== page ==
The outbreak is disrupting supply chains, interrupting cross-border travel, and even causing a popular international rugby tournament to be "plunged into chaos."
Employers and their expat workers in particular must be mindful of the coronavirus — known as COVID-19 — and the ways in which state and local governments are responding. Rules related to immigration, sheltering in place and more are changing rapidly in the face of the outbreak. The situation is another reminder that while we may live in a global economy, each country has its own laws and regulations that must be followed.
Singapore's response: A case study in the importance of expat compliance with local rules
Singapore is one of the world’s most globally connected countries, with a high percentage of foreign workers, significant inward and outward foreign direct investment, and a dependence on exports. One recent BBC article observes that the island nation is “dependent on the rest of the world for its economy, for its food, for its lifeline.” As a result, it “has no choice but to be extra vigilant and transparent in its fight against” COVID-19.
Singapore’s fight against the coronavirus has had significant consequences for the country’s foreign workers and employers. For example, Singapore recently implemented rules related to what it calls Leave of Absence (LOA), Stay-Home Notice (SHN) and Quarantine Orders (QOs).
Singapore-based expat workers and their employers should pay attention to LOA restrictions in particular. Singapore’s Ministry of Manpower (MOM) website cautions that “employees on LOA may leave their residences for daily necessities or to attend important matters, but they must minimise time spent in public spaces and contact with others.” It adds that those employees “with recent travel history to mainland China (outside Hubei) … will be placed on LOA.”
Significantly for expat workers, the MOM emphasizes its power to revoke work privileges if LOA rules are flouted. Workers and businesses both bear a compliance burden in this area. The website explains: “Employers and employees have a joint duty to ensure that employees behave responsibly during the LOA period. MOM will not hesitate to revoke the work passes and withdraw work pass privileges against errant employers or employees.”
The MOM is carrying out its threats to punish non-compliance with LOA rules. The ministry announced last week that it had revoked the work passes of six people, permanently banning three of them from working in the country and revoking the work passes of the three others.
In five of the cases, the MOM also suspended the work-pass privileges of the employers involved. (Three of those employers have a two-year ban; the other terms are unspecified.) It’s worth emphasizing that the MOM announcement calls out a number of employers by name. Here’s an example: “The first case involved a worker who approached MOM to lodge a complaint against his employer, Element Logistics Pte Ltd, a freight forwarding firm, after his company’s business development manager instructed him to work.” This practice of “naming and shaming” can place a reputational burden on Singapore employers that extends beyond the significant burden of suspending work-pass privileges. The example should also be a reminder to employers that the MOM encourages LOA whistle-blowers and that not all employees will necessarily show loyalty to their employers.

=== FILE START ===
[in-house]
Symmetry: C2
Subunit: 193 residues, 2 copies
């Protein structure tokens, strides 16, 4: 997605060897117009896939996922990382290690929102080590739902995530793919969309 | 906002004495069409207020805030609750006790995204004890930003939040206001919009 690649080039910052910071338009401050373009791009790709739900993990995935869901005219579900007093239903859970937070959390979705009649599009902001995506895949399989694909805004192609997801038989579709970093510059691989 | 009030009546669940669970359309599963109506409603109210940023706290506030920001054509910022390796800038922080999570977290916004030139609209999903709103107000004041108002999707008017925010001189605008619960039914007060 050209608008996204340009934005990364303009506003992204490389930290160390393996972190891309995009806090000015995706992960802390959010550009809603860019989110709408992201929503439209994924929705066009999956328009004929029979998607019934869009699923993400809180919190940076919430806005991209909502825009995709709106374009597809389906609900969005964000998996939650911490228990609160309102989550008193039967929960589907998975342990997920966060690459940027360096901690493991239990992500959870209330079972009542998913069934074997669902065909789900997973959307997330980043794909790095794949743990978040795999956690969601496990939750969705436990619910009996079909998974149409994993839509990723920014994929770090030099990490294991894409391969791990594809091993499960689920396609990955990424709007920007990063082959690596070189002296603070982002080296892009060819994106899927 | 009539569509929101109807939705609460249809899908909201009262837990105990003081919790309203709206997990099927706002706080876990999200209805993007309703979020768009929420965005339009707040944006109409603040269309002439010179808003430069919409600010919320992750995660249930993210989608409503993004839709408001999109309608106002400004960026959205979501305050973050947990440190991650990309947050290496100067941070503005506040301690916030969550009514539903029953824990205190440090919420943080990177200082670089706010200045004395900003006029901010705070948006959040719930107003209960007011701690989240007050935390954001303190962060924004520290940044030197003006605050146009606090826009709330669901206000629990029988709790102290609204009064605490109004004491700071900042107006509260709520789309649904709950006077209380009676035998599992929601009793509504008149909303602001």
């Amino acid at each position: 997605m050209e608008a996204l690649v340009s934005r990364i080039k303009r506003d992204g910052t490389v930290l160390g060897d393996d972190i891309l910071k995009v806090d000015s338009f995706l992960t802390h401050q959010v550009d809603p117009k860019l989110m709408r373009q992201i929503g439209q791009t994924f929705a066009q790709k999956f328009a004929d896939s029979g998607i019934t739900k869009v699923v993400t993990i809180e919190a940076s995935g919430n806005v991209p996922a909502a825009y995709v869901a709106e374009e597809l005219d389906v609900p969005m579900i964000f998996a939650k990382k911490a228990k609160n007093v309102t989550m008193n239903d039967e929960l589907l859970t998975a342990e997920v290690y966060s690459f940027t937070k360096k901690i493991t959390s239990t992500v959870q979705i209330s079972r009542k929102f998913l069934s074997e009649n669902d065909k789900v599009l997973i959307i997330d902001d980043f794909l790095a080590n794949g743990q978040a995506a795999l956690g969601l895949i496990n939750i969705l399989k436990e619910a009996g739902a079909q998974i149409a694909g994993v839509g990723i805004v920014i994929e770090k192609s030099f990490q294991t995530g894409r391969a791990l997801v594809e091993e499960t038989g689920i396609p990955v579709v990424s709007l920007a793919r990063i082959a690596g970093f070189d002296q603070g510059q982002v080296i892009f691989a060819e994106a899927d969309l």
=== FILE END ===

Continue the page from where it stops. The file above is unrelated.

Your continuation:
Singapore’s MOM is not the only ministry involved in enforcing COVID-19-related rules. Last week, the Immigration and Checkpoints Authority (ICA) announced that it had revoked the Singapore Permanent Resident (SPR) status of a 45-year-old male and banned him from re-entering the country.
The ICA took the severe measures because the man had broken rules related to the Stay-Home Notice. The announcement reminds us that Singapore’s SHN is served on certain individuals who “with recent travel history to mainland China (outside of Hubei) in the last 14 days” and that these individuals “are required to remain in their place of residence at all times for a 14-day period.”
Employers and expats operating in Singapore should understand that local authorities are taking a hard line on enforcement. The ICA announcement notes that “the Government will continue to conduct regular random checks through house visits and phone calls to ensure compliance with the SHN.”
Italy and the U.S.: Evolving immigration rules
As the above enforcement examples suggest, Singapore has been able to rapidly implement border control measures and otherwise manage the COVID-19 crisis so far in part because it’s a very small country with an effective centralised government and robust modern infrastructure.